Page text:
Where We’re Headed


Having tinkered with my bag contents a lot lately, I’ve come to a conclusion about DSLRs: they’re now only most useful as specialty cameras. No, not an earth-shattering conclusion and one you might have come to yourself, however…

Here’s the thing. Let’s say that a large part of your shooting is in the 24-85mm range. Can you get by without a DSLR for that? Ten years ago I would have said no. Even five years ago I would mostly have said no. Today? Different story. 

Consider these options (in order of ability):

  • Sony RX-100III: 24-70mm (equivalent) f/1.8-2.8 (US$798)
  • Panasonic LX-100: 24-75mm (equivalent) f/1.7-2.8 (US$898)
  • Olympus OM-D E-M10: 28-84mm (equivalent) f/3.5-5.6 (US$699)
  • Sony A6000: 24-100mm (equivalent) f/3.5-5.6 (US$598)

Wait a second, why is the price going down as ability goes up?!?! Oh, probably lens quality, but still, I believe I’m correctly ranking these in terms of final image quality for most common uses of the mid-range. 

I suppose we could add the Fujifilm X-T1 and Sony A7II to the list, but both are starting to push into closer to DSLR realm (in size, price, and weight when all things are considered). 

So let’s stick to the four cameras suggested. One fits in my shirt pocket. The other three fit into my jacket pocket. There’s little “pain” in carrying one of them around all the time. 

Our DSLR alternatives are something ranging from D3300 w/kit lens (but we don’t get to 24mm equivalent) all the way up to a D810 with the 24-70mm f/2.8 lens. But in all those cases, we’d be hanging the camera by a neck strap or putting it in a bag of some sort. The convenience/comfort factor goes down, but does the image quality achieved really go up enough to justify that?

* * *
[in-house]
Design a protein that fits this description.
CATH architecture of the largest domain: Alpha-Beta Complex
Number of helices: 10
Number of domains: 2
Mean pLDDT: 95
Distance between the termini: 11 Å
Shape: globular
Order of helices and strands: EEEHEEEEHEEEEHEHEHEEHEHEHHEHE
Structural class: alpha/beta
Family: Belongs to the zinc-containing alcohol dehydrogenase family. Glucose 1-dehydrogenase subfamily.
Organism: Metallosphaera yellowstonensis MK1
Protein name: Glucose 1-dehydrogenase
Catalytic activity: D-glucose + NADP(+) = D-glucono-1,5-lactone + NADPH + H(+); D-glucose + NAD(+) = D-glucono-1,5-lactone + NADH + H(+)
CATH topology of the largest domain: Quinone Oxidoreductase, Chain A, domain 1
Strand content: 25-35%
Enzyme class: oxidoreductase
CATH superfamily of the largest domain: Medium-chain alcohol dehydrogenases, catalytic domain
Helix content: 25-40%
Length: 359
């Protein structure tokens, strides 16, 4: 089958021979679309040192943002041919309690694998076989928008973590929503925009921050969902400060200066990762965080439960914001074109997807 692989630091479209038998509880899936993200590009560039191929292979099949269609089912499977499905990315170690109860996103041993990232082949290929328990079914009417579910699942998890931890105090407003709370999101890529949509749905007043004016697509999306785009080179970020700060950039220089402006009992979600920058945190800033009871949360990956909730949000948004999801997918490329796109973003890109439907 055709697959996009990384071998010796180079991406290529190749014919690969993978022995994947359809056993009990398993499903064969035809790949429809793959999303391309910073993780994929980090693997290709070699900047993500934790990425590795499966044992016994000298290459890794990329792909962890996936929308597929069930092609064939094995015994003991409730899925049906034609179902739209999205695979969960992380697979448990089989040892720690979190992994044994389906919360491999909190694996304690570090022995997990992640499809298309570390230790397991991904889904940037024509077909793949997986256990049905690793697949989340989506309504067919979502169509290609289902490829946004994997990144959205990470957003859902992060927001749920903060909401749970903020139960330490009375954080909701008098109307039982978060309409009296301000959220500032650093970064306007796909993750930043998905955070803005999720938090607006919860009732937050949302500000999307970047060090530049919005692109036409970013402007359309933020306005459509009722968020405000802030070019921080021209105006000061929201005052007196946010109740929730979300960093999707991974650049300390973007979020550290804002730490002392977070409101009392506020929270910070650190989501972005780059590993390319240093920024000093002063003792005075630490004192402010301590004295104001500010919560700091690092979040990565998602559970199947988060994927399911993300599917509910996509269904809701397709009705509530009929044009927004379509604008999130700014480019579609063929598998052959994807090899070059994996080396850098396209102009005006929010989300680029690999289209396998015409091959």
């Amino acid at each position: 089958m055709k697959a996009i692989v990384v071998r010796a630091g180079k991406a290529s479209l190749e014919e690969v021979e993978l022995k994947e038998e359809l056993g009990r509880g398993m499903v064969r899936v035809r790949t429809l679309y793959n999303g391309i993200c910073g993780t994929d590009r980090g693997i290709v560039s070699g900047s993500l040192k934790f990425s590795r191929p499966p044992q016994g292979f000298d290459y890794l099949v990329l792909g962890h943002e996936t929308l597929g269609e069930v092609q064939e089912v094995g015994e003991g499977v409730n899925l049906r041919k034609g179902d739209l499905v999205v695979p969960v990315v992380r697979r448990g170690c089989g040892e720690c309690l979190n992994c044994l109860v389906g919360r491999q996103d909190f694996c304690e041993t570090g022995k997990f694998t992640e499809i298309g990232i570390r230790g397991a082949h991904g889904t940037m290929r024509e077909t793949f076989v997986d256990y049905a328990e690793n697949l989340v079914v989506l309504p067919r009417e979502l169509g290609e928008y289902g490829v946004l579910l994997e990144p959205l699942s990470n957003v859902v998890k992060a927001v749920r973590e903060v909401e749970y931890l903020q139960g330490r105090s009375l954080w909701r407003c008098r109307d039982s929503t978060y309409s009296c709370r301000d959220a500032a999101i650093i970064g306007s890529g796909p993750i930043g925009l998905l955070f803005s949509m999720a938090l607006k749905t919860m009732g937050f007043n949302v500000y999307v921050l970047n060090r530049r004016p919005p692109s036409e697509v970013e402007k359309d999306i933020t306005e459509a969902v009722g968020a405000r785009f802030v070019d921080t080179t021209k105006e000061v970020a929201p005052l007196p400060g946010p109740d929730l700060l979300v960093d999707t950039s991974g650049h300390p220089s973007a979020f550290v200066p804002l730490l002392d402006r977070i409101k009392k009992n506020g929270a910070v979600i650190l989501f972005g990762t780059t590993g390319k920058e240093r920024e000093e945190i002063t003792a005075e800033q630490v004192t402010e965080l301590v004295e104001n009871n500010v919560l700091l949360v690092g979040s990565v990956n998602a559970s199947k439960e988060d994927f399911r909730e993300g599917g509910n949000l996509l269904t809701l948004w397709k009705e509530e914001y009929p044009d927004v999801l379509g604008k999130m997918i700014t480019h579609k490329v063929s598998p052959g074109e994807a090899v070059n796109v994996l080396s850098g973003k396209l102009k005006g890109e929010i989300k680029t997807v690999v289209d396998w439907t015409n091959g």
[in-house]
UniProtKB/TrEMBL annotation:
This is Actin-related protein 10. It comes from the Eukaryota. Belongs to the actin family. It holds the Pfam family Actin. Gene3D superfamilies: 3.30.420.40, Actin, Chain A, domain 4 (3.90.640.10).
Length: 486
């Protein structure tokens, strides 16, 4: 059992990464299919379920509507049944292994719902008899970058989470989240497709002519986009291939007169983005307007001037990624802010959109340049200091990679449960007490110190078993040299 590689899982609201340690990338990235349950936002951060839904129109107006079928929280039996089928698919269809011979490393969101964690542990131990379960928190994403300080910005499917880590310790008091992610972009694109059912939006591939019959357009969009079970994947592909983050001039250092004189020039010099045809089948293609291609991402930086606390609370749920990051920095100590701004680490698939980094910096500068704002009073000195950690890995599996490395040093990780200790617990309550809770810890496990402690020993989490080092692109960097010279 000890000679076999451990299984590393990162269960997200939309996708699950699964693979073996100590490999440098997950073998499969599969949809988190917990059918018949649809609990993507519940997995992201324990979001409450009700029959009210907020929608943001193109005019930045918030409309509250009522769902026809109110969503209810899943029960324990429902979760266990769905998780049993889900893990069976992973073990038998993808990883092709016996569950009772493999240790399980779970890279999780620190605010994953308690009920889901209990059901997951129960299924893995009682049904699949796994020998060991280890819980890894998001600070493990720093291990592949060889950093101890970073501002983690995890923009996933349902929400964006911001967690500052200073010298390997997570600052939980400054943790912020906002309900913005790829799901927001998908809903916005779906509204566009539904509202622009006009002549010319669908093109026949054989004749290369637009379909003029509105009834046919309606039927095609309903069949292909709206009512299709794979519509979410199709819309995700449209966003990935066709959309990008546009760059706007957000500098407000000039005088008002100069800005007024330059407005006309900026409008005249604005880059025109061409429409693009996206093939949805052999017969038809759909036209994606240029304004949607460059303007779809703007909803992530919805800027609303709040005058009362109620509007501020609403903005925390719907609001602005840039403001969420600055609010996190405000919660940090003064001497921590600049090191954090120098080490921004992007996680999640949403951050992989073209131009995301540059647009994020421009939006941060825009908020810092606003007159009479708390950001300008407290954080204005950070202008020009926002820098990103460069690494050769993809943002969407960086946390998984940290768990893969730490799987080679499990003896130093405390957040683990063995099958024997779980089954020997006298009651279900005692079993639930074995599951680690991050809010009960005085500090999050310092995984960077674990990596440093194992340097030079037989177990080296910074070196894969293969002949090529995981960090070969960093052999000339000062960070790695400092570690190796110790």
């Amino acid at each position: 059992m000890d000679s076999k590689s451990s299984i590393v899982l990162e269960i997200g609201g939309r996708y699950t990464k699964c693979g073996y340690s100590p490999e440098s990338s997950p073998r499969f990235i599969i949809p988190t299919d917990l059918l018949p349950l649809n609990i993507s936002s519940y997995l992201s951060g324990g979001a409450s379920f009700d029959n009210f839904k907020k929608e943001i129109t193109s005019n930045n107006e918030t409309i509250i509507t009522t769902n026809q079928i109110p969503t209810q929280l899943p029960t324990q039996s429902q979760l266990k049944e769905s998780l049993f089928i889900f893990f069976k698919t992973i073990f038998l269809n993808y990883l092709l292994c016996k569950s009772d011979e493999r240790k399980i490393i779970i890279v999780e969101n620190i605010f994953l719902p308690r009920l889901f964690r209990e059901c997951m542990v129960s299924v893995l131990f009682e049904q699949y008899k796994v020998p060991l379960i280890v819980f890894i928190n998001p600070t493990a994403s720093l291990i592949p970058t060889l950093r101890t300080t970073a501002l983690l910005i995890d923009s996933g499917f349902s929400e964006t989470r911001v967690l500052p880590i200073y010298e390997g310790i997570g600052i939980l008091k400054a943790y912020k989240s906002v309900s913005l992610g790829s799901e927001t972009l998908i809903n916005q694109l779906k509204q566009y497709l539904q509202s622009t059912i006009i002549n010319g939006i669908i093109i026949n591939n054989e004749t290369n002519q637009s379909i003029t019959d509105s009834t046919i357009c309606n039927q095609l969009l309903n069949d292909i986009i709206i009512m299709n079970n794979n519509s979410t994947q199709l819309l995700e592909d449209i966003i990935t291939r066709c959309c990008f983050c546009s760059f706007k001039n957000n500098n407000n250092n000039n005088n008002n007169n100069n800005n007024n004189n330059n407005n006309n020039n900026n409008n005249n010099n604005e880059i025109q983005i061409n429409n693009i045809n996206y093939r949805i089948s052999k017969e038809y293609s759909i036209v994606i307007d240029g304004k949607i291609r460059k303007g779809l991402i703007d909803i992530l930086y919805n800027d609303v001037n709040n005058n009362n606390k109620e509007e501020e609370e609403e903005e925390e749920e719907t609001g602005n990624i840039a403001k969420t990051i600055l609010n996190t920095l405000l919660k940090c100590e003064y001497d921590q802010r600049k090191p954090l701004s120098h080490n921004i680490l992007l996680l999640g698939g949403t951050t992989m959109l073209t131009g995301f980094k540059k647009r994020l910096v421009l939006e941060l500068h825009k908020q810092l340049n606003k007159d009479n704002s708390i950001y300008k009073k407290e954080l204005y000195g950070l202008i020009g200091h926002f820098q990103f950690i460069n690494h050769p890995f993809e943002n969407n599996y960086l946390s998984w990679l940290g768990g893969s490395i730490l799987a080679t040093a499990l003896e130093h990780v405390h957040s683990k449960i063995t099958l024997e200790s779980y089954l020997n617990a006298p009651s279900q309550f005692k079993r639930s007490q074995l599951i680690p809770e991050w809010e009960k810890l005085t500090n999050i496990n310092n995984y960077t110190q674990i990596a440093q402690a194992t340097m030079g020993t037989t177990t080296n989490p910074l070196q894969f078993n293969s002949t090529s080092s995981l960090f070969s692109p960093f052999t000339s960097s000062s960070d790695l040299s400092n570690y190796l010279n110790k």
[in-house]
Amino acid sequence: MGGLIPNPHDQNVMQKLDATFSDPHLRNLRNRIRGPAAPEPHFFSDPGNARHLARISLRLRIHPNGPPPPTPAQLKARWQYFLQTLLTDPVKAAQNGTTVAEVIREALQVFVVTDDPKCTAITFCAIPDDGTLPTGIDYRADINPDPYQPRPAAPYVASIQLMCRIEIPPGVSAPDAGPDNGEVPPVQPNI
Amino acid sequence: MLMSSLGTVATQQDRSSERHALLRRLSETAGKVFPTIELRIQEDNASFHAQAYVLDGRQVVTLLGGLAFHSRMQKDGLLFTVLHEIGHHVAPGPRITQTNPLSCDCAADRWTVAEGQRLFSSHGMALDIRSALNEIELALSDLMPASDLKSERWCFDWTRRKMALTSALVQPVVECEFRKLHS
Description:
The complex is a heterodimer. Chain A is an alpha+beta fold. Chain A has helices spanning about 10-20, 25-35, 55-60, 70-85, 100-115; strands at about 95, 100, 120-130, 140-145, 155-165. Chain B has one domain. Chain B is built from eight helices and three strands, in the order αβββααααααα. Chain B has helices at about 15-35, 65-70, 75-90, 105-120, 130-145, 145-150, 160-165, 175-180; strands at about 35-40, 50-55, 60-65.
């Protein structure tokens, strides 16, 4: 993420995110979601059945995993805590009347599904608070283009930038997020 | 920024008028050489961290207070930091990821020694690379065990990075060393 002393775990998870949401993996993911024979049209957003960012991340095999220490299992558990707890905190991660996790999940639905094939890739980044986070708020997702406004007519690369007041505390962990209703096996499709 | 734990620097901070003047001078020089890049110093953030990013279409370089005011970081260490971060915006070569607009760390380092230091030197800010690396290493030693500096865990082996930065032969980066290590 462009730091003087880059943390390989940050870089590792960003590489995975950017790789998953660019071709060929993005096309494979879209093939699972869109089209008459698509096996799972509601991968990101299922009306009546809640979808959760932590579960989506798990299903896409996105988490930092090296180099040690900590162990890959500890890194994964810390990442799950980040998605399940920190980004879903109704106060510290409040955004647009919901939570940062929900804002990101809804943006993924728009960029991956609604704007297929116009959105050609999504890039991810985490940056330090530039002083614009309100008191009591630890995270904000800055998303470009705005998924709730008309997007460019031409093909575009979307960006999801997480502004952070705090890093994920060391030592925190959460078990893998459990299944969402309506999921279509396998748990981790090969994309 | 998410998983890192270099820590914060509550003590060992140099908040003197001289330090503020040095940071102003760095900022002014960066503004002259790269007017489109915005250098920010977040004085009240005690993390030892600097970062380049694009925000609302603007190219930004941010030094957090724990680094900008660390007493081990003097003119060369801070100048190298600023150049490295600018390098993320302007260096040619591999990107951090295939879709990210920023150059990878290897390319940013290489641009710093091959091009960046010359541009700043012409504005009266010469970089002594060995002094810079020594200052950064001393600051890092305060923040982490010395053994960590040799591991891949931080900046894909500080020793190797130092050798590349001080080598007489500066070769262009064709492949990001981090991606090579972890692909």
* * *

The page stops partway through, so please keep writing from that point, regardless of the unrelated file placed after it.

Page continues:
Don’t get me wrong. The Sony RX-100III isn’t going to outperform the D810 with the 24-70mm lens. But the question is: for that focal range, how much performance are you really looking for? And what are you willing to pay for that in terms of convenience, size, and actual dollars?

Okay, so you already have the D810; maybe picking up a small/lighter lens such as the 24-85mm f/3.5-4.5 helps. Not really. You’re still carrying the camera by neck strap or in a bag. The former is a literal pain if you do it all day, the latter makes the camera less convenient. 

What I’ve noticed over the last few trips is that I’ve been doing most of my mid-range focal shots with one of those four cameras I named at the top of the article. The DSLR comes out of the bag for: extreme wide angle landscape, sports, and wildlife. That’s about it. In fact, the LX-100 works out to be f/3.5-5.6, the same as that small/light Nikkor I could put on my D810, in terms of light that gets to the sensor. True, I’m only at 12mp and not 36mp, but I rarely need 36mp. 

Over ten years ago on this site I argued for a compact camera using a large sensor with a trifocal lens (only three focal lengths available by switch; not a zoom). Now I know why. I was looking for that convenience factor in the mid-range focal lengths. Technically, a Nikon 1 would suffice if Nikon would only make the necessary lens(es). Indeed, that might even be my preferred choice because of the autofocus performance and the 60 fps silent shooting capability. Right now, unfortunately, a Nikon 1 only works if I wish to limit myself to 50mm (equivalent) f/1.8. Okay, maybe 28mm (equivalent) f/2.8, too (the 85mm equivalent f/1.2 lens is just too big for a “pocket” carry-everywhere camera).

Still, I think this is where we’re headed. Assuming, of course, the camera makers oblige us, which isn’t a given. Most of us will be shooting a smallish-but-capable camera that’s not a DSLR in the mid-range. We’ll pick up our DSLRs when we have needs that aren’t met by that general purpose tool. 


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